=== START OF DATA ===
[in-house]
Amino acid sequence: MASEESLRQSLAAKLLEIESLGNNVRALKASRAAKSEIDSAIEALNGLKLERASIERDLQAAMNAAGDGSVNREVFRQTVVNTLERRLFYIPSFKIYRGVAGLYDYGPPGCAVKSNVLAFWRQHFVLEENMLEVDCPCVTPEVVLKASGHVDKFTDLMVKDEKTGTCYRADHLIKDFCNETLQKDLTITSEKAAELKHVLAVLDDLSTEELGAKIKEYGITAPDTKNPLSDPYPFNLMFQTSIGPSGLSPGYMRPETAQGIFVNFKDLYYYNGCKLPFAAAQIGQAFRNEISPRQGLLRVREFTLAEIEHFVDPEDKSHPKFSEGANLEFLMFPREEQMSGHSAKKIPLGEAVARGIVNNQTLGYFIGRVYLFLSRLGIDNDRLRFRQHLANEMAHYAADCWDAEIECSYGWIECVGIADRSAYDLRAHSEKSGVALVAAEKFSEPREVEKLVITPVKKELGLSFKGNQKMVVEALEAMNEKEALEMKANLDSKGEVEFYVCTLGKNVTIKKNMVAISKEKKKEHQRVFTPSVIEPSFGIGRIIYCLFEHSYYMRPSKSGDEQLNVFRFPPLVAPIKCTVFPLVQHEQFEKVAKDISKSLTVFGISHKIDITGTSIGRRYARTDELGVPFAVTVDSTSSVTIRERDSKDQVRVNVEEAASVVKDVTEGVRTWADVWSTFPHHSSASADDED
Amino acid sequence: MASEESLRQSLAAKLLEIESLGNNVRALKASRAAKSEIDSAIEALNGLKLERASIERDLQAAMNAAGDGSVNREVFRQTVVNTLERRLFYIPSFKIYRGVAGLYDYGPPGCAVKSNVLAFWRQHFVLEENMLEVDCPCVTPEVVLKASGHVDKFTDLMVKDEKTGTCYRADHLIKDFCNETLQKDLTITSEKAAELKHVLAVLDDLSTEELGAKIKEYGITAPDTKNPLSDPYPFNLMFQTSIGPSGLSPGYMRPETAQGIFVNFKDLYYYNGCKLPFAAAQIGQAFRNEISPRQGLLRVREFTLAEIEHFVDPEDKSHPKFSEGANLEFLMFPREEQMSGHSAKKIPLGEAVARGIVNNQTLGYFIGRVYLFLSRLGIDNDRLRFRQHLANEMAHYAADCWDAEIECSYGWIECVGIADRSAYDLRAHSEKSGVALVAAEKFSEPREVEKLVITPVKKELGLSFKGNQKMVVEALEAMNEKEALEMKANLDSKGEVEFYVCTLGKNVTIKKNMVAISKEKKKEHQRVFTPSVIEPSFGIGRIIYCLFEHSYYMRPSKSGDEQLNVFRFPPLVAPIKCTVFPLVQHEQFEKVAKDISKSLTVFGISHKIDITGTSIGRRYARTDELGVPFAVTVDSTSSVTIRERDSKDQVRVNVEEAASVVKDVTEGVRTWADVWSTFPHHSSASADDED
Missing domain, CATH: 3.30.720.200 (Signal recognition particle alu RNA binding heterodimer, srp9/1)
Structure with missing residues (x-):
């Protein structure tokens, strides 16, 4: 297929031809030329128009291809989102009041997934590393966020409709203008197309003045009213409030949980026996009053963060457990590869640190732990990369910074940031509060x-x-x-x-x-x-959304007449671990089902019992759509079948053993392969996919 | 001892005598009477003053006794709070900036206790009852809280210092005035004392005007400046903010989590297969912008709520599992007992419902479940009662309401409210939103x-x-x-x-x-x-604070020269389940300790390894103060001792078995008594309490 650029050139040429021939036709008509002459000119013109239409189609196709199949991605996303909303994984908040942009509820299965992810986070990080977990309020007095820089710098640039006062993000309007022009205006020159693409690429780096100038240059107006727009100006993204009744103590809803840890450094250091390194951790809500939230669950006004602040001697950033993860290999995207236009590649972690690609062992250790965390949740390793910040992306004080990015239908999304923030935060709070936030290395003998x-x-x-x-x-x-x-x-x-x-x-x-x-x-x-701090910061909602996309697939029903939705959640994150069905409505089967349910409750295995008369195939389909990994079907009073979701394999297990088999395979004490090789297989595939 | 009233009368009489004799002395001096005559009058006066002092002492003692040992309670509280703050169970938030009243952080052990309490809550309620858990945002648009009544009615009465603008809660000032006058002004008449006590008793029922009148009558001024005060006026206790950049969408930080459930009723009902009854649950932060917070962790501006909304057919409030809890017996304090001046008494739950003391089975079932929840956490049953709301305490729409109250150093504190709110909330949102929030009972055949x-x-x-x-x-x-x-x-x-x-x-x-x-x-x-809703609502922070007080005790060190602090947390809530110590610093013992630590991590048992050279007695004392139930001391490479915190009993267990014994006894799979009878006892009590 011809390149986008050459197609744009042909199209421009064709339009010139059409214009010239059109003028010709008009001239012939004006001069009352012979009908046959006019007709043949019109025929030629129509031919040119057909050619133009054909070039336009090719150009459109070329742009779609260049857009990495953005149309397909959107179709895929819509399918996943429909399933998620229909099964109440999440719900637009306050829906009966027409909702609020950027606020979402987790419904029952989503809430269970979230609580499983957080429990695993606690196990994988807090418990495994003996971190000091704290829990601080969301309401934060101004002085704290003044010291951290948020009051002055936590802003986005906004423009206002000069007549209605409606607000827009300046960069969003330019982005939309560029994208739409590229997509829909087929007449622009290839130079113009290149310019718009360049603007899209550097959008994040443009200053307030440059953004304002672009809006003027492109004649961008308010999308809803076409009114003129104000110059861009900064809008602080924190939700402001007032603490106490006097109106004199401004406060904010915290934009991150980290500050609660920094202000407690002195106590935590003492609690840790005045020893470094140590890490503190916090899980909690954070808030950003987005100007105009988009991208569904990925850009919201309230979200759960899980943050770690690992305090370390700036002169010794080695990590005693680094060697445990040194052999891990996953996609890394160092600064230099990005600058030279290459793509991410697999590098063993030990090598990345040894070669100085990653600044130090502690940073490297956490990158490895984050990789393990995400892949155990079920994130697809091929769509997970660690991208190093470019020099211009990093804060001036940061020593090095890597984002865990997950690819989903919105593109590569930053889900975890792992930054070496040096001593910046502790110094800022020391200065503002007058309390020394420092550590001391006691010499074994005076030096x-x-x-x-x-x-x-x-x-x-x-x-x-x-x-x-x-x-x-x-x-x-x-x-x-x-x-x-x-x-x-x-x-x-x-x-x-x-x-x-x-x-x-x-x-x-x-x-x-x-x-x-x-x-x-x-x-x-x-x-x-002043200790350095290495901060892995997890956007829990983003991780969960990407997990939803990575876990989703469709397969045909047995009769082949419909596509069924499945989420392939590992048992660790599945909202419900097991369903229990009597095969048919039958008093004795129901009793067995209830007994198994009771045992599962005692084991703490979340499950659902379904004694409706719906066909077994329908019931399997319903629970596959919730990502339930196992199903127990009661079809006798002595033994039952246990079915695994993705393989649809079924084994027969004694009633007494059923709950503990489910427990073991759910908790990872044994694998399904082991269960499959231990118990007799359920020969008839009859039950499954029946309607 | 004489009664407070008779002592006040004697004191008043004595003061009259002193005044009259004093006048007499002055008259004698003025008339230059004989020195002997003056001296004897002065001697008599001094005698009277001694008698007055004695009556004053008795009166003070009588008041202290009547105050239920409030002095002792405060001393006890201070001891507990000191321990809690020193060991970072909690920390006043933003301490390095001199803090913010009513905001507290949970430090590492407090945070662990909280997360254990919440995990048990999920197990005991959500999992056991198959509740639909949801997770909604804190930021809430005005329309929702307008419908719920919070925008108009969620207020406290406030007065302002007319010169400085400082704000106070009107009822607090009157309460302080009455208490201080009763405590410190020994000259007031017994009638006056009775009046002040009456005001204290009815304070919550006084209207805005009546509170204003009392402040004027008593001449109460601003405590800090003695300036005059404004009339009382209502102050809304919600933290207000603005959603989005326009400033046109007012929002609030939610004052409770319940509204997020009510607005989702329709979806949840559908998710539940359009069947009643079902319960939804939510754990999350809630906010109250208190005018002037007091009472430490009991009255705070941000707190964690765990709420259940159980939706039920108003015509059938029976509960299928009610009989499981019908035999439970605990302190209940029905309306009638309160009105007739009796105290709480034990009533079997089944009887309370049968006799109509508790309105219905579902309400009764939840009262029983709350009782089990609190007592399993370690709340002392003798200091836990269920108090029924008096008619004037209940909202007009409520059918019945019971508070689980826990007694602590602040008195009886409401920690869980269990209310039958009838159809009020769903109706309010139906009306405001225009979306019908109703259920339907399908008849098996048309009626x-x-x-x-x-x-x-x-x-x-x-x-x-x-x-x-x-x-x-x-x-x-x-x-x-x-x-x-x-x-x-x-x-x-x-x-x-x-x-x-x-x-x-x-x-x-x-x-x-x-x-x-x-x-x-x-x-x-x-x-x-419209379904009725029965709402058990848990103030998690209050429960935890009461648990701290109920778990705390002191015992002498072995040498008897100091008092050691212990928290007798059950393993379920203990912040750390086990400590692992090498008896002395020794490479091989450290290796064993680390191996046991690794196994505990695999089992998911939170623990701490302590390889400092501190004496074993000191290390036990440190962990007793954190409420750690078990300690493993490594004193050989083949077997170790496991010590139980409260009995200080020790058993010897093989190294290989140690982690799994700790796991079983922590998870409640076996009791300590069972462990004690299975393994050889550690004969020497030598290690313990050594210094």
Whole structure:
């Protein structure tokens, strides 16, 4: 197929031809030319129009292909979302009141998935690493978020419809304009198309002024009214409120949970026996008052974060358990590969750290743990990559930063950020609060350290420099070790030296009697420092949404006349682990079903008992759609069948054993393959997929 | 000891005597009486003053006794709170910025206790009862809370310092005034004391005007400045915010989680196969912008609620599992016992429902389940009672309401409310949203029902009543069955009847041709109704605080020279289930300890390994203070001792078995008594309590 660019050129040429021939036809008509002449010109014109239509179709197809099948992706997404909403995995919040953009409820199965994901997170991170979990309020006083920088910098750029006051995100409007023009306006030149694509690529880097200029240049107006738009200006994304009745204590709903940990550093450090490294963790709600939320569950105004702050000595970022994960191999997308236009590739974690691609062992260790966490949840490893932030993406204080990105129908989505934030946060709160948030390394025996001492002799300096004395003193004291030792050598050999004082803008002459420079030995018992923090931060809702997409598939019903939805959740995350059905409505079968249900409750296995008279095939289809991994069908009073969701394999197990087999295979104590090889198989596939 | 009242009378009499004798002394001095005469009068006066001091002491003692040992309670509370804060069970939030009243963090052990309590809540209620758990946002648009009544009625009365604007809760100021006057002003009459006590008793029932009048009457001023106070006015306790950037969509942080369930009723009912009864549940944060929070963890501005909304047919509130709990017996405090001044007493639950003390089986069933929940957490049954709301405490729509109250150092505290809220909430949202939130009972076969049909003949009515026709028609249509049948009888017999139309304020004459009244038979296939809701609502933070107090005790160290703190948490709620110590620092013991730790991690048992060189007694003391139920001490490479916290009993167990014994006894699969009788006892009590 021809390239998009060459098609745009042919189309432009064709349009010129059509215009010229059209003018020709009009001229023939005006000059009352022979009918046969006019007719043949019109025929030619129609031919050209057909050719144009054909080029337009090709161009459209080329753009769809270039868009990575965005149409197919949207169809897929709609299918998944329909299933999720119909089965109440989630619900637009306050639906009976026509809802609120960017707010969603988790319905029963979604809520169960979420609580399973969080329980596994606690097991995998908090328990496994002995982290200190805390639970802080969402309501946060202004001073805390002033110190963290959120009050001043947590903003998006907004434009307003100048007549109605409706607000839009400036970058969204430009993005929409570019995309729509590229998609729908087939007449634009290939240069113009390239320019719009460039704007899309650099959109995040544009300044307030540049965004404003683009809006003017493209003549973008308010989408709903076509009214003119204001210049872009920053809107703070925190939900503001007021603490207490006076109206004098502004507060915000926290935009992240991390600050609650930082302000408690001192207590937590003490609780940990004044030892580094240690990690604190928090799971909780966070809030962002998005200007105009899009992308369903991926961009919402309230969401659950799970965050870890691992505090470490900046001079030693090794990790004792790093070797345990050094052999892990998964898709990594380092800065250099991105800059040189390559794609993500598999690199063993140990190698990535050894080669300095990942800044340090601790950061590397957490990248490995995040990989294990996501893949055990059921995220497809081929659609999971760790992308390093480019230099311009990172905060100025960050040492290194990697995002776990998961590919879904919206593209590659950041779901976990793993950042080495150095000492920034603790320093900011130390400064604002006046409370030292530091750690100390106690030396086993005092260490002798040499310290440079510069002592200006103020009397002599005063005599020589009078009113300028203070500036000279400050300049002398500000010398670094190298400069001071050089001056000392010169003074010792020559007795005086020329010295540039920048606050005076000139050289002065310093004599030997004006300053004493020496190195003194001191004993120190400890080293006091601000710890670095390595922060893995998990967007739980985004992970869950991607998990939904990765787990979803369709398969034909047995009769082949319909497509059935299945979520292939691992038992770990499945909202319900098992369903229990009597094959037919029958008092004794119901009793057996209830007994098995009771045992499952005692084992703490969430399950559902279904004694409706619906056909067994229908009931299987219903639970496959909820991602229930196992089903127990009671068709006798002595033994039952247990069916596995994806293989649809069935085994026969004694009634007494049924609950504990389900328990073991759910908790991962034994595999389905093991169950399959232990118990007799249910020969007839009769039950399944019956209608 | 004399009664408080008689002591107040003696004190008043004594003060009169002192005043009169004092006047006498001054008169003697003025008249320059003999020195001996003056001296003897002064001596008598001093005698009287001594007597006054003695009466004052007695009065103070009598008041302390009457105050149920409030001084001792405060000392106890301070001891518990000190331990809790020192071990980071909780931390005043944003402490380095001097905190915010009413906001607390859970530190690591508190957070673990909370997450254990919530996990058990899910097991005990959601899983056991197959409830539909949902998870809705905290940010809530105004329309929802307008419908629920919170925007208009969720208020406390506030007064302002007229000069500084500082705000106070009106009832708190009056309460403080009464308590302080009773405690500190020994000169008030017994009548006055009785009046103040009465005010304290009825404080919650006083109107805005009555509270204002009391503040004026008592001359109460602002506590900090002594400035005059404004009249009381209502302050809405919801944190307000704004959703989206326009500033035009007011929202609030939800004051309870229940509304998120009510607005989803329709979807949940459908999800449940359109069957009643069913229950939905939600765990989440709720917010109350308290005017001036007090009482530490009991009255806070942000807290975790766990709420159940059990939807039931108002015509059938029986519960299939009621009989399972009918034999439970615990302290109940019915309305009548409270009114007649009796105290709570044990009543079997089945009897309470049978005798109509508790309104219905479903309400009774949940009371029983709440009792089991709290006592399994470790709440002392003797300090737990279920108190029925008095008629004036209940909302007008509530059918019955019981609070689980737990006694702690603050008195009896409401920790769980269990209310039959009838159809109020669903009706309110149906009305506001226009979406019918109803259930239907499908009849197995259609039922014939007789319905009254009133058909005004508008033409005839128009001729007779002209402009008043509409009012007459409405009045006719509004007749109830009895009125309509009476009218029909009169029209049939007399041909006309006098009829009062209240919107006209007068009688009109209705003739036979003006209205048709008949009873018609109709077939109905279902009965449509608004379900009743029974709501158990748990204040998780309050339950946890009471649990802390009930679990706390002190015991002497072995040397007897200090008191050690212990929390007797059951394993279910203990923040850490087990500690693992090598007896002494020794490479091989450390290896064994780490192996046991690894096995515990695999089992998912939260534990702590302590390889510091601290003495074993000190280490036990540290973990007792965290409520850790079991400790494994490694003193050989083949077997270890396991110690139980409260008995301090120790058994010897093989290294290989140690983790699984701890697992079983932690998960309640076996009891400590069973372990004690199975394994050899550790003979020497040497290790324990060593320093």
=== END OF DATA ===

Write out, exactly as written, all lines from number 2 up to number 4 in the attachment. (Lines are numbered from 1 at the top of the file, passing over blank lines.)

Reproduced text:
Amino acid sequence: MASEESLRQSLAAKLLEIESLGNNVRALKASRAAKSEIDSAIEALNGLKLERASIERDLQAAMNAAGDGSVNREVFRQTVVNTLERRLFYIPSFKIYRGVAGLYDYGPPGCAVKSNVLAFWRQHFVLEENMLEVDCPCVTPEVVLKASGHVDKFTDLMVKDEKTGTCYRADHLIKDFCNETLQKDLTITSEKAAELKHVLAVLDDLSTEELGAKIKEYGITAPDTKNPLSDPYPFNLMFQTSIGPSGLSPGYMRPETAQGIFVNFKDLYYYNGCKLPFAAAQIGQAFRNEISPRQGLLRVREFTLAEIEHFVDPEDKSHPKFSEGANLEFLMFPREEQMSGHSAKKIPLGEAVARGIVNNQTLGYFIGRVYLFLSRLGIDNDRLRFRQHLANEMAHYAADCWDAEIECSYGWIECVGIADRSAYDLRAHSEKSGVALVAAEKFSEPREVEKLVITPVKKELGLSFKGNQKMVVEALEAMNEKEALEMKANLDSKGEVEFYVCTLGKNVTIKKNMVAISKEKKKEHQRVFTPSVIEPSFGIGRIIYCLFEHSYYMRPSKSGDEQLNVFRFPPLVAPIKCTVFPLVQHEQFEKVAKDISKSLTVFGISHKIDITGTSIGRRYARTDELGVPFAVTVDSTSSVTIRERDSKDQVRVNVEEAASVVKDVTEGVRTWADVWSTFPHHSSASADDED
Amino acid sequence: MASEESLRQSLAAKLLEIESLGNNVRALKASRAAKSEIDSAIEALNGLKLERASIERDLQAAMNAAGDGSVNREVFRQTVVNTLERRLFYIPSFKIYRGVAGLYDYGPPGCAVKSNVLAFWRQHFVLEENMLEVDCPCVTPEVVLKASGHVDKFTDLMVKDEKTGTCYRADHLIKDFCNETLQKDLTITSEKAAELKHVLAVLDDLSTEELGAKIKEYGITAPDTKNPLSDPYPFNLMFQTSIGPSGLSPGYMRPETAQGIFVNFKDLYYYNGCKLPFAAAQIGQAFRNEISPRQGLLRVREFTLAEIEHFVDPEDKSHPKFSEGANLEFLMFPREEQMSGHSAKKIPLGEAVARGIVNNQTLGYFIGRVYLFLSRLGIDNDRLRFRQHLANEMAHYAADCWDAEIECSYGWIECVGIADRSAYDLRAHSEKSGVALVAAEKFSEPREVEKLVITPVKKELGLSFKGNQKMVVEALEAMNEKEALEMKANLDSKGEVEFYVCTLGKNVTIKKNMVAISKEKKKEHQRVFTPSVIEPSFGIGRIIYCLFEHSYYMRPSKSGDEQLNVFRFPPLVAPIKCTVFPLVQHEQFEKVAKDISKSLTVFGISHKIDITGTSIGRRYARTDELGVPFAVTVDSTSSVTIRERDSKDQVRVNVEEAASVVKDVTEGVRTWADVWSTFPHHSSASADDED
Missing domain, CATH: 3.30.720.200 (Signal recognition particle alu RNA binding heterodimer, srp9/1)